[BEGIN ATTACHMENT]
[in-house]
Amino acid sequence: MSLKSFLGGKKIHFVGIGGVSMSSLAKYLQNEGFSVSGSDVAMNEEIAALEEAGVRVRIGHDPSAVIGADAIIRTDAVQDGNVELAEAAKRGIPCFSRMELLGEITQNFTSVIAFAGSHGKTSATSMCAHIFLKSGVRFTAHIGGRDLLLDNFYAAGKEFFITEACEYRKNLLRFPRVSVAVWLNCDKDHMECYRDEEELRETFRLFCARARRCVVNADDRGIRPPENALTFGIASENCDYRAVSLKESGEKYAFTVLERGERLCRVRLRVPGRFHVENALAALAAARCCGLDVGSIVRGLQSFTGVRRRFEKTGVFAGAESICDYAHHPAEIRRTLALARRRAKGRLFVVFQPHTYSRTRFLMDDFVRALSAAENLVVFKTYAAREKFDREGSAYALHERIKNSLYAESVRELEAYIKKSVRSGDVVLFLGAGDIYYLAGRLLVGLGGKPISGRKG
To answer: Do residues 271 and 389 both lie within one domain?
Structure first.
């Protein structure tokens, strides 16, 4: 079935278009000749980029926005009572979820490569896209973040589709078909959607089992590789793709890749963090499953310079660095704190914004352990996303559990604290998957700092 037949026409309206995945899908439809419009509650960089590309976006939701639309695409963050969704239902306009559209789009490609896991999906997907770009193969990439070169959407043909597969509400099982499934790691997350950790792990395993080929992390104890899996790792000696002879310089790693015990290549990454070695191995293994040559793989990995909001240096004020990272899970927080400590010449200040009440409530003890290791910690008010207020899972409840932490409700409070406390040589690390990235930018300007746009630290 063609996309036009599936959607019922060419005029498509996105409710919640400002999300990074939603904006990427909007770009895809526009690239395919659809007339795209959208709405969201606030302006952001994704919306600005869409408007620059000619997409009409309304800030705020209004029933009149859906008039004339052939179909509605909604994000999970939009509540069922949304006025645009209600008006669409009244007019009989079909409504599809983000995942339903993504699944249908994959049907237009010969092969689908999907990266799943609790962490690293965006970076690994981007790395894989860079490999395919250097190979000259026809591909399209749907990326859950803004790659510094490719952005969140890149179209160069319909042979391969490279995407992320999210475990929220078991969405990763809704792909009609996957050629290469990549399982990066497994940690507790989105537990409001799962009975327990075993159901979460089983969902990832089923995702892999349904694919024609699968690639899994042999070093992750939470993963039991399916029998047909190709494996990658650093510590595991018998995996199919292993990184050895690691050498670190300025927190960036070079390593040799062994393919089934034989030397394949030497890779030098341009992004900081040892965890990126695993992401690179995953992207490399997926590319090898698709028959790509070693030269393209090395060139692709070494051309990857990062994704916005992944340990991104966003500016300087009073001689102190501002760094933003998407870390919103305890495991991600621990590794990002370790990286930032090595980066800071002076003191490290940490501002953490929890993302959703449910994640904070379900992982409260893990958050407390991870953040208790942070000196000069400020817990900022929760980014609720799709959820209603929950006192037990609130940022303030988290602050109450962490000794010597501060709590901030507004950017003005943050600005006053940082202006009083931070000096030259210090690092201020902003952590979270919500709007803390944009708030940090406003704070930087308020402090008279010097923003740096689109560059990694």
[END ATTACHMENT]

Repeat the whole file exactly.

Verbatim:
[in-house]
Amino acid sequence: MSLKSFLGGKKIHFVGIGGVSMSSLAKYLQNEGFSVSGSDVAMNEEIAALEEAGVRVRIGHDPSAVIGADAIIRTDAVQDGNVELAEAAKRGIPCFSRMELLGEITQNFTSVIAFAGSHGKTSATSMCAHIFLKSGVRFTAHIGGRDLLLDNFYAAGKEFFITEACEYRKNLLRFPRVSVAVWLNCDKDHMECYRDEEELRETFRLFCARARRCVVNADDRGIRPPENALTFGIASENCDYRAVSLKESGEKYAFTVLERGERLCRVRLRVPGRFHVENALAALAAARCCGLDVGSIVRGLQSFTGVRRRFEKTGVFAGAESICDYAHHPAEIRRTLALARRRAKGRLFVVFQPHTYSRTRFLMDDFVRALSAAENLVVFKTYAAREKFDREGSAYALHERIKNSLYAESVRELEAYIKKSVRSGDVVLFLGAGDIYYLAGRLLVGLGGKPISGRKG
To answer: Do residues 271 and 389 both lie within one domain?
Structure first.
């Protein structure tokens, strides 16, 4: 079935278009000749980029926005009572979820490569896209973040589709078909959607089992590789793709890749963090499953310079660095704190914004352990996303559990604290998957700092 037949026409309206995945899908439809419009509650960089590309976006939701639309695409963050969704239902306009559209789009490609896991999906997907770009193969990439070169959407043909597969509400099982499934790691997350950790792990395993080929992390104890899996790792000696002879310089790693015990290549990454070695191995293994040559793989990995909001240096004020990272899970927080400590010449200040009440409530003890290791910690008010207020899972409840932490409700409070406390040589690390990235930018300007746009630290 063609996309036009599936959607019922060419005029498509996105409710919640400002999300990074939603904006990427909007770009895809526009690239395919659809007339795209959208709405969201606030302006952001994704919306600005869409408007620059000619997409009409309304800030705020209004029933009149859906008039004339052939179909509605909604994000999970939009509540069922949304006025645009209600008006669409009244007019009989079909409504599809983000995942339903993504699944249908994959049907237009010969092969689908999907990266799943609790962490690293965006970076690994981007790395894989860079490999395919250097190979000259026809591909399209749907990326859950803004790659510094490719952005969140890149179209160069319909042979391969490279995407992320999210475990929220078991969405990763809704792909009609996957050629290469990549399982990066497994940690507790989105537990409001799962009975327990075993159901979460089983969902990832089923995702892999349904694919024609699968690639899994042999070093992750939470993963039991399916029998047909190709494996990658650093510590595991018998995996199919292993990184050895690691050498670190300025927190960036070079390593040799062994393919089934034989030397394949030497890779030098341009992004900081040892965890990126695993992401690179995953992207490399997926590319090898698709028959790509070693030269393209090395060139692709070494051309990857990062994704916005992944340990991104966003500016300087009073001689102190501002760094933003998407870390919103305890495991991600621990590794990002370790990286930032090595980066800071002076003191490290940490501002953490929890993302959703449910994640904070379900992982409260893990958050407390991870953040208790942070000196000069400020817990900022929760980014609720799709959820209603929950006192037990609130940022303030988290602050109450962490000794010597501060709590901030507004950017003005943050600005006053940082202006009083931070000096030259210090690092201020902003952590979270919500709007803390944009708030940090406003704070930087308020402090008279010097923003740096689109560059990694």